Coffee Studio



In spite of the deadline and all the pressure of being done on Friday, I am treating myself—I went to Coffee Studio in Andersonville. I haven’t been there in almost a year since I lived in Edgewater. I live in Andersonville now, which is right next door. Funny what a difference six blocks makes.


I needed this. Lately I’ve been plowing through these words and haven’t been treating myself very nicely, missing almost all of my week of Artist’s Way. Finishing a novel and going through creative recovery is not a good combo.


But this morning I said Fuck it. I walked to Coffee Studio. I’ll have less time to write but I don’t care. I’m listening to some Ben Howard, which always centers me creatively. I putter around writing about my mindset instead of my novel.


My eyes wander. I watch the way the old couple at the table in front of me share a breakfast and coffee—her downcast eyes and slight smile, his eyesight tracking out the window; her body is very still and slight and she is listening while his body is always moving as his conversation does the same. I study a pregnant woman with her arms crossed chewing her lip and waiting for her drink. I take in the earthy sweetness of my dolche latte, a favorite of mine, and smile at the swirling designs etched in its foam like smoke caught in a photograph. The sky from where I sit shows sunlight and rain clouds, and I forgot my umbrella and hope for the best.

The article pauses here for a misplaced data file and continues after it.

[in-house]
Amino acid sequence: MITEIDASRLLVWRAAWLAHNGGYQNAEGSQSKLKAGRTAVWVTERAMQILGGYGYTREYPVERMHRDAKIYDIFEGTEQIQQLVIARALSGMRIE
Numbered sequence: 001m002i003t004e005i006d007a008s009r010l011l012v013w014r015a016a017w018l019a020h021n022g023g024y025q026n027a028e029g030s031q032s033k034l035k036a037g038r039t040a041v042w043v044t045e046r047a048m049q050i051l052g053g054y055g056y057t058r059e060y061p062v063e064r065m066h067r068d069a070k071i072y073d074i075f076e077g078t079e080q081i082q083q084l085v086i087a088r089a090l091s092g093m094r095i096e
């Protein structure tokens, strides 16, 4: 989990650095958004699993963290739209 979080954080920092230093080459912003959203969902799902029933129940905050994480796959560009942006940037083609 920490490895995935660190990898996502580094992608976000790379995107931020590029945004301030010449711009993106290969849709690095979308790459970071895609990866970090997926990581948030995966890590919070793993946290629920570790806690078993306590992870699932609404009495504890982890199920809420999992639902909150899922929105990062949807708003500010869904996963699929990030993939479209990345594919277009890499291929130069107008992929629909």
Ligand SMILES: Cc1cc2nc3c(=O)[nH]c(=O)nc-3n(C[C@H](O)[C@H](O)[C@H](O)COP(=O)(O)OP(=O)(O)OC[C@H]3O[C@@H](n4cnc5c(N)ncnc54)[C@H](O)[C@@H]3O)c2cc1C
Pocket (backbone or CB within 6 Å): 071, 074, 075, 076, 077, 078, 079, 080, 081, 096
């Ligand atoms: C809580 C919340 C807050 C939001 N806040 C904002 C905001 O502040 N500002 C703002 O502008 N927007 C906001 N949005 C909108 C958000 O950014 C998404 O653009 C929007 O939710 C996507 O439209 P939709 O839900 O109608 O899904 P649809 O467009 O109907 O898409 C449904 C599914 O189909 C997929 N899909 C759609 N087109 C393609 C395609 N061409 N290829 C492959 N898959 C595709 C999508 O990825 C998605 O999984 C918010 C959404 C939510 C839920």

All of this life comes at me, and I wish for nothing but to capture it with words and phrases, evoking the emotion and energy I feel when I witness it. (I think I’ll take up poetry next. This novel writing business feels too much like digging under the earth for eight years. I miss the sun, metaphorically and literally. I wish to sit on a chair somewhere on a continental isthmus, writing poetry all day like the old painters do in Virginia Woolf novels.)


I’m so glad I took the time to be gentle to myself, to do something lovely like this. I feel the verve and life of my creative self again. A being within my being, skin on skin, it touches me and moves me. I love so much this feeling, this creative creature, and I know it so much likes me when I do things like this. It’s amazing what happens when we stop treating ourselves like machines and let ourselves be amazed children again.


Most importantly, this little side trip will help me.


The old couple walk out, the wife smiles greatly to her husband as he comes back from the bathroom with his arms raised. I didn’t catch the joke. But I feel I don’t have to.


P.S. The very fact that I’ve written this little ditty while also writing out this novel just goes to show myself that I will always be creative if I allow myself to be. I need to treat myself more often. I deserve it. We all do.

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